The power of a teacher is not in their position or even their degree, but in their heart.
And at the heart of every great teacher is a life-long passionate love for truth. Great teachers are truth-seekers. They are not into personal opinion and political preference. They’re curious by nature and love discovery. They believe that this big, beautiful, well-ordered world has secrets it is willing to yield to those who are willing to pursue them.
Enter into this idea of truth-seeking, American Christianity which somehow has been, in many places, held up in opposition to truth so that our young people are raised in churches where they’re made to make a decision between faith and truth. They’re told from their earliest days at home, at school, and at church that science is the enemy of God; that philosophy, history, and mathematics are somehow the tools of the secular world. And yet Jesus said that when you know the truth, the truth will set you free.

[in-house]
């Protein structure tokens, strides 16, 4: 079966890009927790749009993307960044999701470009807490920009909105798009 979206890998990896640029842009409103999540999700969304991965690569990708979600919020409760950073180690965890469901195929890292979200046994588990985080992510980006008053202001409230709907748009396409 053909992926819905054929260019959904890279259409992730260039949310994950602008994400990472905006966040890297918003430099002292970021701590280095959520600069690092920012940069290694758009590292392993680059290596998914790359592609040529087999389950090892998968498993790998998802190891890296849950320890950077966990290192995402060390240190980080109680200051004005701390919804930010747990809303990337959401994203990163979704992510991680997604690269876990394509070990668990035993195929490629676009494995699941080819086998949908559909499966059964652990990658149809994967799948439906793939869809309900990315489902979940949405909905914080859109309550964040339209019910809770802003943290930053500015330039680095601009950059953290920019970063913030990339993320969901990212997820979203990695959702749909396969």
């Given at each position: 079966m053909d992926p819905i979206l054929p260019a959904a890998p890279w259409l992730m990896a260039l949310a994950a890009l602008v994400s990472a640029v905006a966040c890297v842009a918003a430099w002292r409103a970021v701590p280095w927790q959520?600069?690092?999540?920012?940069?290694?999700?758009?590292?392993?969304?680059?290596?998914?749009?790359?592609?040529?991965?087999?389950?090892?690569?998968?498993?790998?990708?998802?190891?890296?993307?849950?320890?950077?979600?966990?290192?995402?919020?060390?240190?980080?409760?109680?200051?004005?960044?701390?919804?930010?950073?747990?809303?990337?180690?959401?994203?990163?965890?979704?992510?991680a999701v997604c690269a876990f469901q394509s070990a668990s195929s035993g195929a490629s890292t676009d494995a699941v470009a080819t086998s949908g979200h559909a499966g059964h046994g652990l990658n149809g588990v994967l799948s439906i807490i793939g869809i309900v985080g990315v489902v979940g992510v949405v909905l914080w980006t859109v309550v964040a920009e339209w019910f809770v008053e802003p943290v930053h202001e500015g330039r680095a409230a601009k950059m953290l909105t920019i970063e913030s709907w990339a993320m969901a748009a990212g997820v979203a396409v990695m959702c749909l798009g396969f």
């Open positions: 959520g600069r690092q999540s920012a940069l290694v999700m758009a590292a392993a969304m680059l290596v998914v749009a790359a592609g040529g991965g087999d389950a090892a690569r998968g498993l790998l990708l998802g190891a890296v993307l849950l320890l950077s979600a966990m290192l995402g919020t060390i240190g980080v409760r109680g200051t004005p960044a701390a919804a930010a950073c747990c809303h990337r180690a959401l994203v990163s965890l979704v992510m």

In yesterday’s talk, we discussed this issue of truth. What is truth? Why is it so important? And why is the big lie that there is in irreconcilable conflict between faith and truth so widely believed by people almost without investigation or discrimination?
It would also be good to go and check out last week’s Renegade’s Guide to God where I discussed the five reasons I am not a Christian. Here I expose some of the mythologies people have about Christianity, and talk about the nature of truth and faith and why they are not only compatible, they are absolutely essential to one another